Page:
Simmons, Kentucky State agree to share building donated in methane plant deal
LOUISVILLE, Ky. (WDRB) – The former Schenley Distillery Building will be shared between Simmons College of Kentucky and Kentucky State University, ending a dispute that threatened to complicate a planned methane plant in western Louisville.
At a news conference last week, Simmons President Rev. Kevin Cosby said he was told during negotiations with project officials that the college would own the building at 15th and Maple streets – only to have that promise pulled.
STAR BioEnergy of Fort Wayne, Ind., had agreed to donate the building as part of a $5 million “community benefits” package that invests in nearby neighborhoods that have opposed the company’s plant to be built at 17th and Maple streets.
In a news release, STAR BioEnergy said Simmons and Kentucky State have agreed to share the building, which Simmons plans to use for classrooms and teaching space; Kentucky State intends to house aquaculture and hydroponics programs.
“This generous donation of property … will greatly aid Simmons’ mission of providing quality education for some of our community’s most marginalized citizens,” Cosby, who also is pastor at St. Stephen Church, said in a statement.
STAR BioEnergy has an option to buy the land, which is assessed for tax purposes at $2.1 million, according to property records. The donation is dependent on the project getting approval from the city’s Board of Zoning Adjustment and being built, said Brian Zoeller, a Louisville attorney for STAR BioEnergy.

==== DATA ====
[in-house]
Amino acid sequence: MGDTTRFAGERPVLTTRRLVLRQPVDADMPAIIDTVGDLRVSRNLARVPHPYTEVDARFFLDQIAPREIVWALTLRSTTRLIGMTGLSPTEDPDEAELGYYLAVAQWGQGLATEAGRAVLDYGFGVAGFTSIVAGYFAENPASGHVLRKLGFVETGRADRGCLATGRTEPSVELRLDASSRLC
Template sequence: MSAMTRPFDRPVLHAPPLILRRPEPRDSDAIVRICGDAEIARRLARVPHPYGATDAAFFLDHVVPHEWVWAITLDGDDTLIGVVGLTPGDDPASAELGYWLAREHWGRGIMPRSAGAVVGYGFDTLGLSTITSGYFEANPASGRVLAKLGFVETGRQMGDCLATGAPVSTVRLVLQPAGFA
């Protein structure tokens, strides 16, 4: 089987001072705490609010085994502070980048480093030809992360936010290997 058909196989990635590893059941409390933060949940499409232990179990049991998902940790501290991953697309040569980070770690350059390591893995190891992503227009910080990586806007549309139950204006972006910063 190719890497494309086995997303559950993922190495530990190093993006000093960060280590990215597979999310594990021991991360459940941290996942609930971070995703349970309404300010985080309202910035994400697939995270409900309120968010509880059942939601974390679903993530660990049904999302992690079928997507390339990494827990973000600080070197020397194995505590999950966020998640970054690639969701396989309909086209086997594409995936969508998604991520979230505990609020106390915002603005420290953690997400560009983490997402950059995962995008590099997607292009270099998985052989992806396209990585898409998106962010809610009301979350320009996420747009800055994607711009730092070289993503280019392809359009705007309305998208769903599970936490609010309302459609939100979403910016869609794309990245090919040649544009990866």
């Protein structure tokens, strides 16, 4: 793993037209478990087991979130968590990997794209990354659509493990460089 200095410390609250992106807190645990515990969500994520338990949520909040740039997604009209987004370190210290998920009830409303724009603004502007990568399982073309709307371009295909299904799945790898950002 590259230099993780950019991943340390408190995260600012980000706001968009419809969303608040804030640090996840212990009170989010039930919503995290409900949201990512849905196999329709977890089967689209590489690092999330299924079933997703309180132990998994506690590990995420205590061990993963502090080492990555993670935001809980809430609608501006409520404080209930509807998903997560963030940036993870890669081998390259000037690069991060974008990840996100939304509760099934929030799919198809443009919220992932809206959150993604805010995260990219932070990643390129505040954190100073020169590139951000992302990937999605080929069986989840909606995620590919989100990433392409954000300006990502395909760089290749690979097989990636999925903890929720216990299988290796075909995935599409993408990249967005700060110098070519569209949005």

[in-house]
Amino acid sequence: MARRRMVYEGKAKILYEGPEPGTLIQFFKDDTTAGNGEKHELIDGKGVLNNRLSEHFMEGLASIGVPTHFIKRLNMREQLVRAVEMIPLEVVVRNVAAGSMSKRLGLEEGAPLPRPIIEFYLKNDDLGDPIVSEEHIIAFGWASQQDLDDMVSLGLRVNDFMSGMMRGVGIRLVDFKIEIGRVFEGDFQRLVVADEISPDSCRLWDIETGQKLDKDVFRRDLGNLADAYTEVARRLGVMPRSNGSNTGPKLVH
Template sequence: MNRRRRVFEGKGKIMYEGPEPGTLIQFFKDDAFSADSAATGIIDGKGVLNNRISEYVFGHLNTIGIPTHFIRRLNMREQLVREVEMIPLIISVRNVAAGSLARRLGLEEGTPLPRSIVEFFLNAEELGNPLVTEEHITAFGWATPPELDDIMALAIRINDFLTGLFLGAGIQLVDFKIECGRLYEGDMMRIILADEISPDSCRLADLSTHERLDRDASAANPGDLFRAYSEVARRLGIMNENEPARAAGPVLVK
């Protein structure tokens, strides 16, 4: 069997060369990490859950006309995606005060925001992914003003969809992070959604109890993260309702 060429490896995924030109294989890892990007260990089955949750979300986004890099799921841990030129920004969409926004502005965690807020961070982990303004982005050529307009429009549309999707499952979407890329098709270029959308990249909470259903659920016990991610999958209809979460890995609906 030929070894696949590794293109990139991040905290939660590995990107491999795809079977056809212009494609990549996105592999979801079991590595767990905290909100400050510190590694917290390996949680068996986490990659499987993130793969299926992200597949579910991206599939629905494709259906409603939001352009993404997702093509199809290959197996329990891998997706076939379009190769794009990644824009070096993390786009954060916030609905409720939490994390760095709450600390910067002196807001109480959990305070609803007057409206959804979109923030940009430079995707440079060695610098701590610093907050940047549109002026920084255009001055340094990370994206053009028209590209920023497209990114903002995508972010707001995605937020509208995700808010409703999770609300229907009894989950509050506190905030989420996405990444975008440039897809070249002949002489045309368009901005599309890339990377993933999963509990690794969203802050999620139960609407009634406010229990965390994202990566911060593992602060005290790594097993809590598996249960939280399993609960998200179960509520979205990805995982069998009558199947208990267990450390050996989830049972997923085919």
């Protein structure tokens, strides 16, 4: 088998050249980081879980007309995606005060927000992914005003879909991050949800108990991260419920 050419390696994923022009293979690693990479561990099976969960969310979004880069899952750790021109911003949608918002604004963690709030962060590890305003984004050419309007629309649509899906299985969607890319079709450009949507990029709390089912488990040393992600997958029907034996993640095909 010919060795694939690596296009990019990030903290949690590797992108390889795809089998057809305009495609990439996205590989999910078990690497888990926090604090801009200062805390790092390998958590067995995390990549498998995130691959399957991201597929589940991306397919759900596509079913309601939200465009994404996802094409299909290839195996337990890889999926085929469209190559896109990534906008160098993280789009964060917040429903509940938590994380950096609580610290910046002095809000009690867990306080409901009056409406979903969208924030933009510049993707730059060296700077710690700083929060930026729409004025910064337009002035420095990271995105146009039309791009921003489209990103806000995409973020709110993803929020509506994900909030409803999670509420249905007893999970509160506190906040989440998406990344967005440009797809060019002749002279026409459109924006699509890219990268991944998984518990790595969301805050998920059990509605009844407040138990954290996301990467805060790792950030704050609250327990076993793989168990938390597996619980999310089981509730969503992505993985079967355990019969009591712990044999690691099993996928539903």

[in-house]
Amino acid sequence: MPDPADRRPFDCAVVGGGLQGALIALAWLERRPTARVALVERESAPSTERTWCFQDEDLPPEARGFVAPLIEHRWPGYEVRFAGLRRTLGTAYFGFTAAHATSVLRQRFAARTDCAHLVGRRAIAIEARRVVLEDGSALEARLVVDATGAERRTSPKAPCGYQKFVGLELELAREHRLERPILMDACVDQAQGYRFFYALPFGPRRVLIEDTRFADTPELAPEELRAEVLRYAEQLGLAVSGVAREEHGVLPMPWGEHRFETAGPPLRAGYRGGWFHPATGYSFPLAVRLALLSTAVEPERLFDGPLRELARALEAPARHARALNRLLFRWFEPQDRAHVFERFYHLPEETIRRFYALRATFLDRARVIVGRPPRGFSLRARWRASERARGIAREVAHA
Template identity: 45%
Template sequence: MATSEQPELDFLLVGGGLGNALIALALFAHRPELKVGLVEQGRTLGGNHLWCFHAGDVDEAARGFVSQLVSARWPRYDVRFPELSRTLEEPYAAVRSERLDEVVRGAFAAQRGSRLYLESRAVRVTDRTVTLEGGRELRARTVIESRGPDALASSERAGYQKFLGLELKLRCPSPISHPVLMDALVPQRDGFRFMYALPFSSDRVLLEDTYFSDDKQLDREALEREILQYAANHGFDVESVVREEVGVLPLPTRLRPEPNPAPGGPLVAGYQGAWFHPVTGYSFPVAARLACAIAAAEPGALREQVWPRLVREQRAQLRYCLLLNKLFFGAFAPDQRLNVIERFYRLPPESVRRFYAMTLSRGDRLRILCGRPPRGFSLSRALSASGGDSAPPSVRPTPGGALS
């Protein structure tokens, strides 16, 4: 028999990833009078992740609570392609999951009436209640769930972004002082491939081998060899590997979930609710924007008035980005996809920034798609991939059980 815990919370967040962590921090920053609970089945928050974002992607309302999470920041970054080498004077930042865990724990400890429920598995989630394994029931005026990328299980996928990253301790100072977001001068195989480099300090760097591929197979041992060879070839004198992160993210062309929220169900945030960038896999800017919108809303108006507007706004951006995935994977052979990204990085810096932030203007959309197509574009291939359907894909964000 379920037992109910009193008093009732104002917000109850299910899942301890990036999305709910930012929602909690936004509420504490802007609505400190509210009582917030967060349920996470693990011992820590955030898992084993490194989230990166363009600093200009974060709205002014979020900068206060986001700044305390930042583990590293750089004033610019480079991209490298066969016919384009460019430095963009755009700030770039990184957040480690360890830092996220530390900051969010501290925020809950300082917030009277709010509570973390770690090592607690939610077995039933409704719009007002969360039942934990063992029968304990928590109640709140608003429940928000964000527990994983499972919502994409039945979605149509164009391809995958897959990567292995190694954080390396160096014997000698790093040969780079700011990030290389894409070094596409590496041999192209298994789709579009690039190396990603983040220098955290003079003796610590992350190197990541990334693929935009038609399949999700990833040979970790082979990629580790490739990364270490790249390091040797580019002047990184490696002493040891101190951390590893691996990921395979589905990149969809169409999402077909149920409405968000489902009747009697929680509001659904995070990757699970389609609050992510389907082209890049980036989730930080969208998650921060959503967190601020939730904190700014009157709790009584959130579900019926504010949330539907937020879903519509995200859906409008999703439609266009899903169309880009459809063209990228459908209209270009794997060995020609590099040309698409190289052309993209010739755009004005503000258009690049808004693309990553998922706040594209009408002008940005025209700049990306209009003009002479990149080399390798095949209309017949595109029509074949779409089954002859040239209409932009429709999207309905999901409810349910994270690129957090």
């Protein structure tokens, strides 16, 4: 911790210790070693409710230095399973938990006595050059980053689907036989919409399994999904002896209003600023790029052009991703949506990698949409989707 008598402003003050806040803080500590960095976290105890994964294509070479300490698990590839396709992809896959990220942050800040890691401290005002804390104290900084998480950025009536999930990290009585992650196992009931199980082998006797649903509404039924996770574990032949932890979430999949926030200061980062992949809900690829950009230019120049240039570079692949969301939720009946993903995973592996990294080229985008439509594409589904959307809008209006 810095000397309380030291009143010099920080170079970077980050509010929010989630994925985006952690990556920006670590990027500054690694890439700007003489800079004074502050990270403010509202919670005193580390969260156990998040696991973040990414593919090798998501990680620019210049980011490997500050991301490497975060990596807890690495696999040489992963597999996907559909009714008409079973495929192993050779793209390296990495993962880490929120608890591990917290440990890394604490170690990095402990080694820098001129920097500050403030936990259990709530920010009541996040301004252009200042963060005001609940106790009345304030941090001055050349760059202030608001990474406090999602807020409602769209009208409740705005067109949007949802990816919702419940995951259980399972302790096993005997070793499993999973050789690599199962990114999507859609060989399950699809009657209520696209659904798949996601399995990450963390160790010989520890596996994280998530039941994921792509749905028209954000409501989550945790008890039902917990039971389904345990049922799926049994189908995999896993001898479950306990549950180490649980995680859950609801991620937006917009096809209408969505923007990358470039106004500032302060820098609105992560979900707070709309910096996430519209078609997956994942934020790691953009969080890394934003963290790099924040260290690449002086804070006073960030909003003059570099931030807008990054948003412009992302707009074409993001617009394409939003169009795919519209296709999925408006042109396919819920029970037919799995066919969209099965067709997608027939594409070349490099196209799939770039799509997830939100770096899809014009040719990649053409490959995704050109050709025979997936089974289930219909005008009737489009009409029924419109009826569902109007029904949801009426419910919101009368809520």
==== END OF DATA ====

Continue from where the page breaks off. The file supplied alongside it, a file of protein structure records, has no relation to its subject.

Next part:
Zoeller said in an interview that he expects BOZA to hear the company’s application on Dec. 7 and buy the Schenley building shortly thereafter. The eventual ownership structure of the building is “completely still up in the air,” he said, but emphasized that Simmons and Kentucky State have agreed to share space.
The $32 million methane plant, or biodigester, would take leftover grain from Heaven Hill’s distilling process and convert it into biogas. STAR BioEnergy has agreed to limit incoming truck traffic to 10 per day and ensure that minority workers make up 30 percent of an estimated 100 construction jobs.
Also on Wednesday, STAR BioEnergy and Heaven Hill said they are creating a three-member group that will name a board overseeing $3.5 million in grants from the firms to a new West Louisville Community Benefits Fund. The group includes Dana Johnson of the Community Foundation of Louisville; Metro Council member David James; and Kevin Fields of Louisville Central Community Centers.
If STAR BioEnergy gets BOZA approval, the methane plant could be under construction by next spring and running by late 2016, according to the company.
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